Peterborough may be best avoided on Saturday as two protest marches are expected to attract thousands of people to the city. One of the marches is being organised by Trades Union Congress and United Against Facism, and the other by the English Defence League.
Cambridgeshire police has said hundreds of officers will be manning the events.
POLICE say it will be “business as usual” across the county despite the disruption of two large political marches in Peterborough, which may attract thousands of people and mean hundreds of officers are deployed there.
Chief Constable Simon Parr said: “One of the reasons we were happy to allow this is that it means we can plan for it and can work with the people involved and communities who want to work within the law.
“Our plan has been quality assured and we have it place everything you can reasonably expect.
“We need the people involved to play their part and make this a lawful day with minimum disruption. As for the rest of the county, I can assure you it will be business as usual.”
The first march, organised by the Trades Union Congress and United Against Facism, will gather at the Bishops Road car park at noon on Saturday and move via Rivergate – where shops will be shut – to the Key Theatre car park, where there will be various events until 4pm.
The other march by the English Defence League, whose members oppose the militant rise of Islam in communities, will form at Peterborough United’s London Road ground at 1pm and march to Lower Bridge Street and gather at the magistrates’ court before returning to the stadium at 3pm.
This will be the last of the 32 EDL protests across the UK this year and the first one in East Anglia. Organisers say as many as 3,000 people could attend each one.
Peterborough Supt Paul Fulwood said police would not only be concentrating on the two opposing marches and demonstrations – which will be a couple of hundred metres apart for most of the time – but also on events caused by people travelling to and from them.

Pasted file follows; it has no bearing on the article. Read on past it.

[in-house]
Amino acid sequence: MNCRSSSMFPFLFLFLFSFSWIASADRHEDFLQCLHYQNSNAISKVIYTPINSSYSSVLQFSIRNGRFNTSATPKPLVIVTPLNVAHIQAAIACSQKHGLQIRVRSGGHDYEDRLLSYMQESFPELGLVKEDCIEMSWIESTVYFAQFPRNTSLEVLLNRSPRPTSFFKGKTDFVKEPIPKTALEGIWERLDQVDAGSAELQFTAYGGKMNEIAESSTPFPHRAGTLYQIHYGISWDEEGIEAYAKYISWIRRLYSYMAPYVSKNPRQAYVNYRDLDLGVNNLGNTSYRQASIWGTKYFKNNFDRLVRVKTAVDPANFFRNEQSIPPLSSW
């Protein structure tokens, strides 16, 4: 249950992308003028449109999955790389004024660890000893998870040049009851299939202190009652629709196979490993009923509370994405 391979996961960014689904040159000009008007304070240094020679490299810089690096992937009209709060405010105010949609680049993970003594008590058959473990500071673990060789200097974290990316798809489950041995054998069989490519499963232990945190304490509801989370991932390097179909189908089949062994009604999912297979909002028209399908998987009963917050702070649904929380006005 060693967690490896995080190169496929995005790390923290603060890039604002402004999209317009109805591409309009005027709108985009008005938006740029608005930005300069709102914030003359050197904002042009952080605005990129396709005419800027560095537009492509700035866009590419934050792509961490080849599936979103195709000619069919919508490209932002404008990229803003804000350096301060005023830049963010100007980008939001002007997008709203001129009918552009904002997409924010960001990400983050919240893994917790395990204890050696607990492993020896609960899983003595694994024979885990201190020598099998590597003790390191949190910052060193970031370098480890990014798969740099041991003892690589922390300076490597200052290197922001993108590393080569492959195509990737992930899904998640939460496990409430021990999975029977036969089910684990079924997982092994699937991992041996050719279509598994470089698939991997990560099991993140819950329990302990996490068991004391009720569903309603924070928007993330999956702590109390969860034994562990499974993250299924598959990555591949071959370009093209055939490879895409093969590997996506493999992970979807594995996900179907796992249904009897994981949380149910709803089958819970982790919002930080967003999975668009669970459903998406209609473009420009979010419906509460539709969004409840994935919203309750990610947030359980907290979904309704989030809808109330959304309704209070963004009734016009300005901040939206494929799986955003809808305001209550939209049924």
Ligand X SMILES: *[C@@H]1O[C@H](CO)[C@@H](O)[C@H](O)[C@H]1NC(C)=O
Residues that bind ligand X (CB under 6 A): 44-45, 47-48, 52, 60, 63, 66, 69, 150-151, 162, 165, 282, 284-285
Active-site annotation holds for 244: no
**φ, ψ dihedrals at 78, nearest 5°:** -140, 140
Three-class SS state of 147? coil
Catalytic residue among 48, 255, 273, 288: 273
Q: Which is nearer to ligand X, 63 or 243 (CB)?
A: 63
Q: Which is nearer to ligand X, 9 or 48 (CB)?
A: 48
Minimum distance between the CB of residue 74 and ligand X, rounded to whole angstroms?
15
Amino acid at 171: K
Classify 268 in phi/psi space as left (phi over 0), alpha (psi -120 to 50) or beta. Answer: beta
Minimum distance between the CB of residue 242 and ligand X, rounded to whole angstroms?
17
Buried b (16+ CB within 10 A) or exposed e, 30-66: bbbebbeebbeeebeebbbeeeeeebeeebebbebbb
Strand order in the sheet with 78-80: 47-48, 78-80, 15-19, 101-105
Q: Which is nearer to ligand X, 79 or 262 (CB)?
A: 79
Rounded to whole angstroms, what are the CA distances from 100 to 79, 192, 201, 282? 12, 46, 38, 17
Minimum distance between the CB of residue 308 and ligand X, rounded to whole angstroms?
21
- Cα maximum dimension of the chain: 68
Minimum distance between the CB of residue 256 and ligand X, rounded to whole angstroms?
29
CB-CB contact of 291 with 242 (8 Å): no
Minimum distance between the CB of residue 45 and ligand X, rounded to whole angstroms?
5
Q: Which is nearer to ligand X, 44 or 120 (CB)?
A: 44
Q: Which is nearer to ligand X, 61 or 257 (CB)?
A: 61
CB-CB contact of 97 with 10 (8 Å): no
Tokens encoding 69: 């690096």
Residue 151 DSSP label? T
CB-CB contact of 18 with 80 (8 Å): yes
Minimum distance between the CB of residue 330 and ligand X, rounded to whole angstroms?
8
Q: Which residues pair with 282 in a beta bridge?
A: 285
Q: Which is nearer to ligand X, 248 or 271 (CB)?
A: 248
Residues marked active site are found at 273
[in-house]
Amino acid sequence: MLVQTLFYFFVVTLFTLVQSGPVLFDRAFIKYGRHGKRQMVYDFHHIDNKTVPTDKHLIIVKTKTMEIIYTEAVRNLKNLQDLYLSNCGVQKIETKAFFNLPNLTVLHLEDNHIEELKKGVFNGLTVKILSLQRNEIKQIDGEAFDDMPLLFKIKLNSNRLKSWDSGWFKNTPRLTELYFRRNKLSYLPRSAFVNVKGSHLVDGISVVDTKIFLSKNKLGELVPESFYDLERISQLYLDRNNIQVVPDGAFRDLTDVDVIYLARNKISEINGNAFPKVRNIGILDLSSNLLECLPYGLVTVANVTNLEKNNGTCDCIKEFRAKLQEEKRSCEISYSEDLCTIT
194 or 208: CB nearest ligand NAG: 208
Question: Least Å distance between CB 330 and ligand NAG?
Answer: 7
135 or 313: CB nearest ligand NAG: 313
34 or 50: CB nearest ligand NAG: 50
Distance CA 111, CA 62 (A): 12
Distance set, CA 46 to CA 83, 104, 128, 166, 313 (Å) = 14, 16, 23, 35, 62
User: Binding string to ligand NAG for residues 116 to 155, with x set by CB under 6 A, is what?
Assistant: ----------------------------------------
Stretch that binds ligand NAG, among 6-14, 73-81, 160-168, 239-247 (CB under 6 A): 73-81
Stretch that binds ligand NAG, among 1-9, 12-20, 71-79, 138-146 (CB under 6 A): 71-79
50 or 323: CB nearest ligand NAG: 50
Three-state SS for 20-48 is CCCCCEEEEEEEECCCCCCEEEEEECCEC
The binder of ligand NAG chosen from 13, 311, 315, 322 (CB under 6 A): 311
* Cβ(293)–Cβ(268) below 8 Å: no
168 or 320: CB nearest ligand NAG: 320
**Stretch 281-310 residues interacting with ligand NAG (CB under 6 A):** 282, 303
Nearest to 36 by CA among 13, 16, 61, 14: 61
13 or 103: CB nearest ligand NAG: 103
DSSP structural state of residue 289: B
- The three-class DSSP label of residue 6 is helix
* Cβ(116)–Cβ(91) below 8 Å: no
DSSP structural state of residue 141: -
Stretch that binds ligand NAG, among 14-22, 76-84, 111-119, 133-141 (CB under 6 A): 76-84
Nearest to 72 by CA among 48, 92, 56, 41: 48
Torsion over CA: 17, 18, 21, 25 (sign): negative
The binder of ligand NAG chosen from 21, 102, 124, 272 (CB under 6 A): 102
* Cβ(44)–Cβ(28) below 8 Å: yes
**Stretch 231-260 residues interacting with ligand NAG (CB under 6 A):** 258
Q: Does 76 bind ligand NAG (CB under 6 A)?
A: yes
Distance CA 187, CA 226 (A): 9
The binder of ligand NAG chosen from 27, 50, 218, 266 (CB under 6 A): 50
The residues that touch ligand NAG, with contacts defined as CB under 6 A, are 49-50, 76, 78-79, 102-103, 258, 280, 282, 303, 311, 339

“We will be putting friendly faces patrolling the communities of Peterborough to re-assure people,” he said. “We will have 250 officers doing that and many hundreds more coming in from other forces, including the Met, to help us with the demonstrations.
“We have no reason to suspect there will be any incidents elsewhere – for example at mosques – but we want communities to be re-assured by seeing police around.”
Police will have special “Stop and Search” powers for the day and Supt Fulwood warned: “We hope general members of the public, people who may be over-zealous about the issues, or just looking to use them for an excuse to break the law or cause civil disturbance, will not be active. We will be using CCTV and other methods to ensure criminal activity does not take place in or around these lawful demonstrations.”
It is likely that the main taxi rank at the railway station will be moved as most of the city’s drivers are Muslim and many of the EDL supporters will be arriving by train. One EDL group is expected to gather in the Fenland town of March.
Police said there had been between 12 and 70 arrests at other EDL demonstrations around the country.